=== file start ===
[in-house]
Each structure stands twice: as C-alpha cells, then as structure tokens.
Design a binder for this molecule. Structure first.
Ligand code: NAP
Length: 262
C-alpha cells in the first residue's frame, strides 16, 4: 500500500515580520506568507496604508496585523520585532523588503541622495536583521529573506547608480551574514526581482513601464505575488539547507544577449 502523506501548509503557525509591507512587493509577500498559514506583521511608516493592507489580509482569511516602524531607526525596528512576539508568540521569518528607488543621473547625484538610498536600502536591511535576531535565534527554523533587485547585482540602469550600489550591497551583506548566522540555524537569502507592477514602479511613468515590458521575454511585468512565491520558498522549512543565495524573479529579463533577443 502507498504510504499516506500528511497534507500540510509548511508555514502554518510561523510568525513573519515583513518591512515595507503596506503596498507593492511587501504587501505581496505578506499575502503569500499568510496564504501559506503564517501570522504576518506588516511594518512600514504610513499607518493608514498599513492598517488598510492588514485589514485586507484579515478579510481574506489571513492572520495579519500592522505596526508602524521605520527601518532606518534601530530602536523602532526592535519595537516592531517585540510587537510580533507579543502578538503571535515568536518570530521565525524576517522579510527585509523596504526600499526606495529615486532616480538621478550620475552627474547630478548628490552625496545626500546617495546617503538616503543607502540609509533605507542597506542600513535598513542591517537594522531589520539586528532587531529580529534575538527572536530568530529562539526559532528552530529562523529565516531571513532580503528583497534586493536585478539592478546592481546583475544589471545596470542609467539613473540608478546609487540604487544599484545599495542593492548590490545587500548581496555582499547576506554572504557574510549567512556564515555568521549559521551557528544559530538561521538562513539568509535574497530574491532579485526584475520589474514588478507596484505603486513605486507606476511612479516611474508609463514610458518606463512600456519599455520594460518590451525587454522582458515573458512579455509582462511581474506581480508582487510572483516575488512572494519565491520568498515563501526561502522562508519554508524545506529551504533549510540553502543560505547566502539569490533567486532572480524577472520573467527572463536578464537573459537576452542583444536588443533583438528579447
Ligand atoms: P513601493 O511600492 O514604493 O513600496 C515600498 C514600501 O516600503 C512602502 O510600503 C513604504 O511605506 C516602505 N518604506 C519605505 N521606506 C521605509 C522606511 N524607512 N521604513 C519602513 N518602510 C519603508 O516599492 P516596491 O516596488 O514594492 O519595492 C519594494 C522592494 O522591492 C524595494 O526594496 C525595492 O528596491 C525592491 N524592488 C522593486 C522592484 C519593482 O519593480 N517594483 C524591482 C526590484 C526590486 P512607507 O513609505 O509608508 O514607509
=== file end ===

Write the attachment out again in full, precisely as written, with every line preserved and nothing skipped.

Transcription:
[in-house]
Each structure stands twice: as C-alpha cells, then as structure tokens.
Design a binder for this molecule. Structure first.
Ligand code: NAP
Length: 262
C-alpha cells in the first residue's frame, strides 16, 4: 500500500515580520506568507496604508496585523520585532523588503541622495536583521529573506547608480551574514526581482513601464505575488539547507544577449 502523506501548509503557525509591507512587493509577500498559514506583521511608516493592507489580509482569511516602524531607526525596528512576539508568540521569518528607488543621473547625484538610498536600502536591511535576531535565534527554523533587485547585482540602469550600489550591497551583506548566522540555524537569502507592477514602479511613468515590458521575454511585468512565491520558498522549512543565495524573479529579463533577443 502507498504510504499516506500528511497534507500540510509548511508555514502554518510561523510568525513573519515583513518591512515595507503596506503596498507593492511587501504587501505581496505578506499575502503569500499568510496564504501559506503564517501570522504576518506588516511594518512600514504610513499607518493608514498599513492598517488598510492588514485589514485586507484579515478579510481574506489571513492572520495579519500592522505596526508602524521605520527601518532606518534601530530602536523602532526592535519595537516592531517585540510587537510580533507579543502578538503571535515568536518570530521565525524576517522579510527585509523596504526600499526606495529615486532616480538621478550620475552627474547630478548628490552625496545626500546617495546617503538616503543607502540609509533605507542597506542600513535598513542591517537594522531589520539586528532587531529580529534575538527572536530568530529562539526559532528552530529562523529565516531571513532580503528583497534586493536585478539592478546592481546583475544589471545596470542609467539613473540608478546609487540604487544599484545599495542593492548590490545587500548581496555582499547576506554572504557574510549567512556564515555568521549559521551557528544559530538561521538562513539568509535574497530574491532579485526584475520589474514588478507596484505603486513605486507606476511612479516611474508609463514610458518606463512600456519599455520594460518590451525587454522582458515573458512579455509582462511581474506581480508582487510572483516575488512572494519565491520568498515563501526561502522562508519554508524545506529551504533549510540553502543560505547566502539569490533567486532572480524577472520573467527572463536578464537573459537576452542583444536588443533583438528579447
Ligand atoms: P513601493 O511600492 O514604493 O513600496 C515600498 C514600501 O516600503 C512602502 O510600503 C513604504 O511605506 C516602505 N518604506 C519605505 N521606506 C521605509 C522606511 N524607512 N521604513 C519602513 N518602510 C519603508 O516599492 P516596491 O516596488 O514594492 O519595492 C519594494 C522592494 O522591492 C524595494 O526594496 C525595492 O528596491 C525592491 N524592488 C522593486 C522592484 C519593482 O519593480 N517594483 C524591482 C526590484 C526590486 P512607507 O513609505 O509608508 O514607509